The Complete Stories (Schocken Kafka Library) (Paperback)
What strange and wonderful labyrinths these stories are! They are like dreams that I both long to exit and never want to wake up from. Full of obsession, anxiety, sorry, and humor, they make me re-think what it means to tell a story from start to finish and, cliché as it sounds, what it means to be human. These stories, both published and unpublished in Kafka's lifetime, left in varied stages of fragmentation and completion, have the simultaneous ability to dismember, confuse, and enlighten. They exist at both the register of a shout and a soft, prayer-like whisper. I may never have Kafka completely "figured out," but I know that his stories will continue to echo and resound within me for a long, long time.
The Complete Stories brings together all of Kafka's stories, from the classic tales such as "The Metamorphosis," "In the Penal Colony," and "A Hunger Artist" to shorter pieces and fragments that Max Brod, Kafka's literary executor, released after Kafka's death. With the exception of his three novels, the whole of Kafka's narrative work is included in this volume.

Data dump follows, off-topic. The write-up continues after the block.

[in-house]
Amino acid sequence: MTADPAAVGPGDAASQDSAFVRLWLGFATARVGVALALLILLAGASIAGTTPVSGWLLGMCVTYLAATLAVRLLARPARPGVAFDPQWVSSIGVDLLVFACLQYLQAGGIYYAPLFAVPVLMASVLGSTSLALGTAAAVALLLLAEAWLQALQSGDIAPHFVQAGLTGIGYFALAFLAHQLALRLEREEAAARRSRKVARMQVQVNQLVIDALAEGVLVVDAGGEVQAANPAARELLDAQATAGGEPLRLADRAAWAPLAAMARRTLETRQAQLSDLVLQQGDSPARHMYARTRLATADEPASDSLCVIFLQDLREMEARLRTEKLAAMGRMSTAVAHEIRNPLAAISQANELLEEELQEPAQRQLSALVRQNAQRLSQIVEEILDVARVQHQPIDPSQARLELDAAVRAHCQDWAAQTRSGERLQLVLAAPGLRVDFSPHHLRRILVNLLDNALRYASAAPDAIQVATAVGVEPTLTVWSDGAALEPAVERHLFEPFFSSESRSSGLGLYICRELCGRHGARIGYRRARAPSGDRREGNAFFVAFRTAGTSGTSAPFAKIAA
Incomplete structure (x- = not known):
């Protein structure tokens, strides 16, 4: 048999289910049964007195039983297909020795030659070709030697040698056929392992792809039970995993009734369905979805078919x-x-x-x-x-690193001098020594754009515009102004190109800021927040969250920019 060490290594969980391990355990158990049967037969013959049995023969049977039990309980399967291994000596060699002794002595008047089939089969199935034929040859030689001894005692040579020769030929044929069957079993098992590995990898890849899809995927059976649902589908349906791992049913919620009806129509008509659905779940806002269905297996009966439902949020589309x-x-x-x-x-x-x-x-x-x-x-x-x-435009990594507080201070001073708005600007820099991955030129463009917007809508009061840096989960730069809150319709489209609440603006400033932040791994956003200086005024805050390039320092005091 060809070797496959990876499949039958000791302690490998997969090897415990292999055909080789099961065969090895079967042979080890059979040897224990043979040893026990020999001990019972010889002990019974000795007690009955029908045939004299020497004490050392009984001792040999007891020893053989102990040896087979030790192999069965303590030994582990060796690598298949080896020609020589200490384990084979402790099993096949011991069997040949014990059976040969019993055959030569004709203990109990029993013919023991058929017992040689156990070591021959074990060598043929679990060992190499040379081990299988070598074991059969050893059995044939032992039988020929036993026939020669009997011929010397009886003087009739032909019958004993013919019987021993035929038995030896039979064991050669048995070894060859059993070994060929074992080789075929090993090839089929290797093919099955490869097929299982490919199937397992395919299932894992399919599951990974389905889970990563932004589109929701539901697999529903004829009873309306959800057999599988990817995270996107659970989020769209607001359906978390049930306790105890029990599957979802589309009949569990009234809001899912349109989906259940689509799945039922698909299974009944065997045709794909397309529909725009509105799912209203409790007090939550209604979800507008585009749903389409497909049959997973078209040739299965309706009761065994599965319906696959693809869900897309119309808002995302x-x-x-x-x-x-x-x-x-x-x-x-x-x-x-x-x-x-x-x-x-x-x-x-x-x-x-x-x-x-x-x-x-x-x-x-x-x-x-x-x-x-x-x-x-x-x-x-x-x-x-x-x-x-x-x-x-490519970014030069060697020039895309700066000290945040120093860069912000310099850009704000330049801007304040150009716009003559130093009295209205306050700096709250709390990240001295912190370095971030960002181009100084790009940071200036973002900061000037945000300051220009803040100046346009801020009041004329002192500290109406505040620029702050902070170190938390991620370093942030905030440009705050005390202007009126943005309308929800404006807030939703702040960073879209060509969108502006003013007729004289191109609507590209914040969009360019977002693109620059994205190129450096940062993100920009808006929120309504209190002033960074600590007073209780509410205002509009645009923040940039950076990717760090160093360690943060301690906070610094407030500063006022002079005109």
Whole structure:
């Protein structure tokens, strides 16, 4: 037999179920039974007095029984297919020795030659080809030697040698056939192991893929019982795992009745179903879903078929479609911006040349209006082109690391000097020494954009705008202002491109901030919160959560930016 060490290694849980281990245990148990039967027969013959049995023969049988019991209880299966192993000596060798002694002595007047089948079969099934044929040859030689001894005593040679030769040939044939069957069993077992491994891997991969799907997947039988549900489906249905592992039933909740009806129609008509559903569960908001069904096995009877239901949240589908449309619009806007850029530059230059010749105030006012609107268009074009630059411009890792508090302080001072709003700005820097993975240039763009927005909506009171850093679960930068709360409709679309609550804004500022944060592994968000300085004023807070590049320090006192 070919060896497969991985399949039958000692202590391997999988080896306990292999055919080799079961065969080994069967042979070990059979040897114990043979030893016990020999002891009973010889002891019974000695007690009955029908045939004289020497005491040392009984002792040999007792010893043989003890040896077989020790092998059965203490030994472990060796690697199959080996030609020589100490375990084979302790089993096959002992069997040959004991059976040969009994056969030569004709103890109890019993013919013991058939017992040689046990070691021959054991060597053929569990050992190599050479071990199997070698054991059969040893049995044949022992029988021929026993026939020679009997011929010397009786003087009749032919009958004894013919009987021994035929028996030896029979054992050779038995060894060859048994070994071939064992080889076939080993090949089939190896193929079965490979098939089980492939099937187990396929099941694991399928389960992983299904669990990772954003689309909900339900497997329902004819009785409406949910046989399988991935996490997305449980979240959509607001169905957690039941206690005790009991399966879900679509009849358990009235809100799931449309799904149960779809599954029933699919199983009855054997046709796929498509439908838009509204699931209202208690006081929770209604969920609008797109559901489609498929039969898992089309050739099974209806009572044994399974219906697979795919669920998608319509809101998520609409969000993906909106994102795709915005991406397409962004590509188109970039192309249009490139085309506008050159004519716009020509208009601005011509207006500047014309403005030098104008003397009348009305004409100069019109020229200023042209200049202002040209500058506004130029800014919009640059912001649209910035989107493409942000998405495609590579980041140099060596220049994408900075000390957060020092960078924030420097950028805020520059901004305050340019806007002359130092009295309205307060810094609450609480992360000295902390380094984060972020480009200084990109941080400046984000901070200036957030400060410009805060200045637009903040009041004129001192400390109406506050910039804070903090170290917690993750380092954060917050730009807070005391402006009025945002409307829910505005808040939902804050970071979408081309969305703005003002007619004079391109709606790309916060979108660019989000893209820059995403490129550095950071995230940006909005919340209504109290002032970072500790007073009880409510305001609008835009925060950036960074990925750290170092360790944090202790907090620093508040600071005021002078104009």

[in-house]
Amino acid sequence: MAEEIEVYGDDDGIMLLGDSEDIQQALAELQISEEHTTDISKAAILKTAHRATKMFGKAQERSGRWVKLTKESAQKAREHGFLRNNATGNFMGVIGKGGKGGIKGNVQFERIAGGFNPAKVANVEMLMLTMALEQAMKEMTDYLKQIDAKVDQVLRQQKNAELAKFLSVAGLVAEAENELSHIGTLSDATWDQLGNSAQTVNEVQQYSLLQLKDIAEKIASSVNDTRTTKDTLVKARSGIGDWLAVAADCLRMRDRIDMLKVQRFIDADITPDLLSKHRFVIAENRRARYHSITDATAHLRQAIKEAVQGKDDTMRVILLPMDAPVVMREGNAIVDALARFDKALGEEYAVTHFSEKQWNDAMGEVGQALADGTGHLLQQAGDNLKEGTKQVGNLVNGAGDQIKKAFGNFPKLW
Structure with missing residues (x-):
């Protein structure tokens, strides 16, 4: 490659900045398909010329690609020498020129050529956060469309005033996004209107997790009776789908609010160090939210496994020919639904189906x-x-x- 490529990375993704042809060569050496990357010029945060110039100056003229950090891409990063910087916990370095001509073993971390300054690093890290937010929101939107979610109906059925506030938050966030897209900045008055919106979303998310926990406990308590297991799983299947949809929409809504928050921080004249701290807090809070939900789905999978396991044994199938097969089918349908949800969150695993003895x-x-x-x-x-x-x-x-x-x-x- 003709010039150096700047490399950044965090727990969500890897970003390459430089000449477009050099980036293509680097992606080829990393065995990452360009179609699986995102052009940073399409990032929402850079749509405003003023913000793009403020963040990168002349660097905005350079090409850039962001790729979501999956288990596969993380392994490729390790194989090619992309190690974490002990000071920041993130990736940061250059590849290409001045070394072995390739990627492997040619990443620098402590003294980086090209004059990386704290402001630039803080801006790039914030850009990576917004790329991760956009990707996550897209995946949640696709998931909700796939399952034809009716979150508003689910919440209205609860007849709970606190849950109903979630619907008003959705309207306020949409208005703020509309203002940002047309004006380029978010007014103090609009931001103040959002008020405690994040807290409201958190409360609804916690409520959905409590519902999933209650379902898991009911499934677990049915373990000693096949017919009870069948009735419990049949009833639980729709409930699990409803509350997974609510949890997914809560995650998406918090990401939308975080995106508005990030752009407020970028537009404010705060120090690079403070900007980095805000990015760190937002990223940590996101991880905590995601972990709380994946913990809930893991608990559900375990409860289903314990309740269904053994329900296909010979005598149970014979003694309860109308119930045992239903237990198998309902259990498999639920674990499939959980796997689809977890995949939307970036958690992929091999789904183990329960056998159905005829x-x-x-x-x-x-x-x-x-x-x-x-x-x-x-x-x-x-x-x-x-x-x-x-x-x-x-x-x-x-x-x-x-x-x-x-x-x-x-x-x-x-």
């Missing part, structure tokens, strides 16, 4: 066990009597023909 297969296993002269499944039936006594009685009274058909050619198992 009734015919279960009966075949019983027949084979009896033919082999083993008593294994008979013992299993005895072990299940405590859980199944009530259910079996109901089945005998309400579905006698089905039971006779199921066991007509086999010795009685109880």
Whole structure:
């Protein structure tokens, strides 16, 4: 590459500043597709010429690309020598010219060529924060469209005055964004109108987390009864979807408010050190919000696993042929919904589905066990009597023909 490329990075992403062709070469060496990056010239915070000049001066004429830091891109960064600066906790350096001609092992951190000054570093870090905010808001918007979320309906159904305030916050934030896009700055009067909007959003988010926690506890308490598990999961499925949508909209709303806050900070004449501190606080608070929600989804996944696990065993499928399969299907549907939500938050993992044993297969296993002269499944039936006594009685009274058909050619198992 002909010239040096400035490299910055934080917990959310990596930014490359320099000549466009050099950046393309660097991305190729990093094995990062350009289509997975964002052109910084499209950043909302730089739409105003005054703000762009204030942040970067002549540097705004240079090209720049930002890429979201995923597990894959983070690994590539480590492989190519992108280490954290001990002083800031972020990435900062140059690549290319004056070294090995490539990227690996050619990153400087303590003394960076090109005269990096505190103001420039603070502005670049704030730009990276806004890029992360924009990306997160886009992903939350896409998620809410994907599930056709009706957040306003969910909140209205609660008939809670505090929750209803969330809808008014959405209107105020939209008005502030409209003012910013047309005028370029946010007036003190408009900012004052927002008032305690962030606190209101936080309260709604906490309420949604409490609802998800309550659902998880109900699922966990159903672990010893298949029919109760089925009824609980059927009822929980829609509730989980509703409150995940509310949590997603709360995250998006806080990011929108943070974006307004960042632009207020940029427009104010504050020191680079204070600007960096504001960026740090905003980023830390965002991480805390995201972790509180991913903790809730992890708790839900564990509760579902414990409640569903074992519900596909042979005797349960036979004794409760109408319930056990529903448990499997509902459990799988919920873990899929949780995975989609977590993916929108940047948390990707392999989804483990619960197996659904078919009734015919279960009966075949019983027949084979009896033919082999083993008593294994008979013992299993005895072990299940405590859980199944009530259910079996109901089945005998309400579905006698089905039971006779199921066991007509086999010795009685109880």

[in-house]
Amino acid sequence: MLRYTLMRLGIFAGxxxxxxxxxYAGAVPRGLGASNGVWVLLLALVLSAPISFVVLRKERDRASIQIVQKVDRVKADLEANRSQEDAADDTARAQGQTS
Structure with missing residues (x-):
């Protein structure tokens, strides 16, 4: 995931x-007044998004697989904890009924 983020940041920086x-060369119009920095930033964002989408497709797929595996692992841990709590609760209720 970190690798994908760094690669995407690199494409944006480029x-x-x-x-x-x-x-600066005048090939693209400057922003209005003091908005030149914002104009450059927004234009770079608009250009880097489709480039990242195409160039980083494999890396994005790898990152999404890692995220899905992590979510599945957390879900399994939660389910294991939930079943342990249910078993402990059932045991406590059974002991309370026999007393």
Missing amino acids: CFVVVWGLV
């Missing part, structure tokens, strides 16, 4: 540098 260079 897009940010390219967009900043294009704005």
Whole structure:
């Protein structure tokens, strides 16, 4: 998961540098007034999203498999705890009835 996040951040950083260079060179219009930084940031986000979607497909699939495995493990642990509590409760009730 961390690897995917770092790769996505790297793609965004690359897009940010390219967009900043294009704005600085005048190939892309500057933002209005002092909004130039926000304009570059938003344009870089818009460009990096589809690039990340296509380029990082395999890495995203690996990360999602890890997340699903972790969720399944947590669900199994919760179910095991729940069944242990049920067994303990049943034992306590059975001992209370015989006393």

About the Author
Franz Kafka was born in 1883 in Prague, where he lived most of his life. During his lifetime, he published only a few short stories, including "The Metamorphosis," "The Judgment," and "The Stoker." He died in 1924, before completing any of his full-length novels. At the end of his life, Kafka asked his lifelong friend and literary executor Max Brod to burn all his unpublished work. Brod overrode those wishes.
“[Kafka] spoke for millions in their new unease; a century after his birth, he seems the last holy writer, and the supreme fabulist of modern man’s cosmic predicament.”
—from the Foreword by John Updike
“The distinction Kafka, or his heroes, draw between this world and the world does not imply that there are two different worlds, only that our habitual conceptions of reality are not the true conception.”
—W. H. Auden
“An important book, valuable in itself and absolutely fascinating. The stories are dreamlike, allegorical, symbolic, parabolic, grotesque, ritualistic, nasty, lucent, extremely personal, ghoulishly detached, exquisitely comic, numinous, and prophetic.”
—The New York Times